If you haven’t already started building yours, I suggest you take Annie’s advice on how to create a powerful platform. Here it is…
How to Create A Powerful Platform For Yourself:
The 18 Point Platform Checklist
By Annie Jennings
Annie Jennings PR
What is a platform?
A platform is everything that you bring to the table, such as accomplishments, education, businesses awards and successes, your reputation, your contribution to your industry and what you stand for, that is, your mission statement and lots more. A platform is similar to branding, but it is a step beyond traditional branding. A platform showcases you and allows people to understand who you are and how you can help them.
A platform is similar to the spokes in a wheel, each spoke is separate, yet each one is important to the whole. The more powerful the spokes, the more powerful the wheel – the more powerful your platform.
A platform is what makes the difference between getting the “six-figure advance” or getting the “account” or “closing the deal.”
How will our platform help us?
A platform is a “convincer.” It removes the doubt in anyone’s mind that you are the best choice for whatever it is—the speaking event, the keynote address, the consulting gig, and/or the book deal. It’s about creating certainty that you are indeed the best possible choice—supported by evidence. This evidence is what we call your platform; the spokes in your wheel and the evidence speak for themselves.
A platform allows you to stand above the rest—to be seen above the crowd. It allows you to rise to the top.
A platform makes you THE CHOICE. Not only “one” of the choices — but THE CHOICE.
Why? Because you deserve it!
How can I build my platform?
Many people have certain basic elements of the platform already and will need to build up in the other “spokes” or areas of a platform. Below is a checklist for you to follow.
Platform Check List:
1. Are you the author or co-author of books and articles? The more books and the more articles the better. E-books count also and are relatively easy to create.
2. Have you achieved Expert Status in the media, including TV, radio and print? Have you appeared on national TV, had articles written about you? Have you received media coverage in any other country? Are you mentioned in any national magazines or industry trade magazines as the commenting expert (Just a quote will do!). When the media thinks of your area of expertise, do they think of you?
3. Have you developed any products such as CD’s, video series, Internet courses, or any innovative products that have helped inform and educate your industry?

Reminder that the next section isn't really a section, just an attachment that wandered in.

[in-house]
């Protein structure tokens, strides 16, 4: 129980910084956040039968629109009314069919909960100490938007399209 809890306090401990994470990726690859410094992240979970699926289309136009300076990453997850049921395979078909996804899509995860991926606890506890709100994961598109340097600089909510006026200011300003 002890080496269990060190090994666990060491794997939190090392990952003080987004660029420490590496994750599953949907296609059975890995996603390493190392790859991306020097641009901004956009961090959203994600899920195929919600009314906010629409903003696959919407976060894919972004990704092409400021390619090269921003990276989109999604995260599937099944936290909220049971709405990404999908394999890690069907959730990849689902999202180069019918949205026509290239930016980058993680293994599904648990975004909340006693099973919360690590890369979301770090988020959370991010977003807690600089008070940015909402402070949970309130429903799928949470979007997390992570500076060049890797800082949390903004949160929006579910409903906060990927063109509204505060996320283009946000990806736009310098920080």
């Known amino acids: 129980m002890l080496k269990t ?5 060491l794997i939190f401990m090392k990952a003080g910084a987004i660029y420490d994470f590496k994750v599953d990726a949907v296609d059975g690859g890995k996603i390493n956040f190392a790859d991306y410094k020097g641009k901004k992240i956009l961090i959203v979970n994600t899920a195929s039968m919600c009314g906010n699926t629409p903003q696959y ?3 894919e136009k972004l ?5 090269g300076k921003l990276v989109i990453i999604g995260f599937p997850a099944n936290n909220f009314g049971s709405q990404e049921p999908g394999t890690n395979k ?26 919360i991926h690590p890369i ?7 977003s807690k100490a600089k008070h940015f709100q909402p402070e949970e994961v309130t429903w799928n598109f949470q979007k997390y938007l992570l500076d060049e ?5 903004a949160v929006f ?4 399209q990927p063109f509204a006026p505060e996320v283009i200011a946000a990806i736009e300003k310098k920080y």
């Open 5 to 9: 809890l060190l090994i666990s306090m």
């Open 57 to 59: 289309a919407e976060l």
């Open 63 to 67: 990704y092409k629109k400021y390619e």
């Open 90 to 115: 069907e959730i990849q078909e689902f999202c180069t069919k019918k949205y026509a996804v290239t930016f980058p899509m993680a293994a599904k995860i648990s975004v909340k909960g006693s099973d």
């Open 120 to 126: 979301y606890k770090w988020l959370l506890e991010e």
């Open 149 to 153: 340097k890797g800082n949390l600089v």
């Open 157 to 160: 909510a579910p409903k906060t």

4. Are your books and articles appearing in other countries or being translated into different languages?
5. Do you have speaking engagements? Did you address large audience or companies with names people would recognize? Have you done an impressive number of speaking engagements? Have you spoken outside of the country? Were you a keynote presenter? The more well-known and influential your speaking engagements – the more powerful your platform. However, even if you are not at the top nationally, you can speak to other groups to help you build up in this area. We all have to start somewhere!
6. Did you contribute to your industry or achieve breakthroughs? Have you received awards or recognition? Did you develop new business processes that enhanced your industry? Have you built a better mousetrap? (For example, Annie Jennings PR’s Pay For Placement Publicity Program and HOT 25! HOT 35! or HOT 50! National Radio Campaigns have helped the PR industry greatly.)
7. Have you toured the country promoting your book? How many cities did you go through? How many interviews did you do? Where did you speak? Where did you hold book signings? Did you sell an impressive amount of books?
8. Have you hosted or co-hosted a radio show, or have been a regular guest? Do you have your own radio or local TV show? Internet shows are easy ways to get started!
9. Do you have endorsements or testimonials from industry leaders?
10. Did your book make it to any bestsellers lists? Did it receive any awards?
11. Are any companies offering your book or products to their staff? Or is your work distributed throughout any organizations? And if so, how many companies, employees and people did you reach?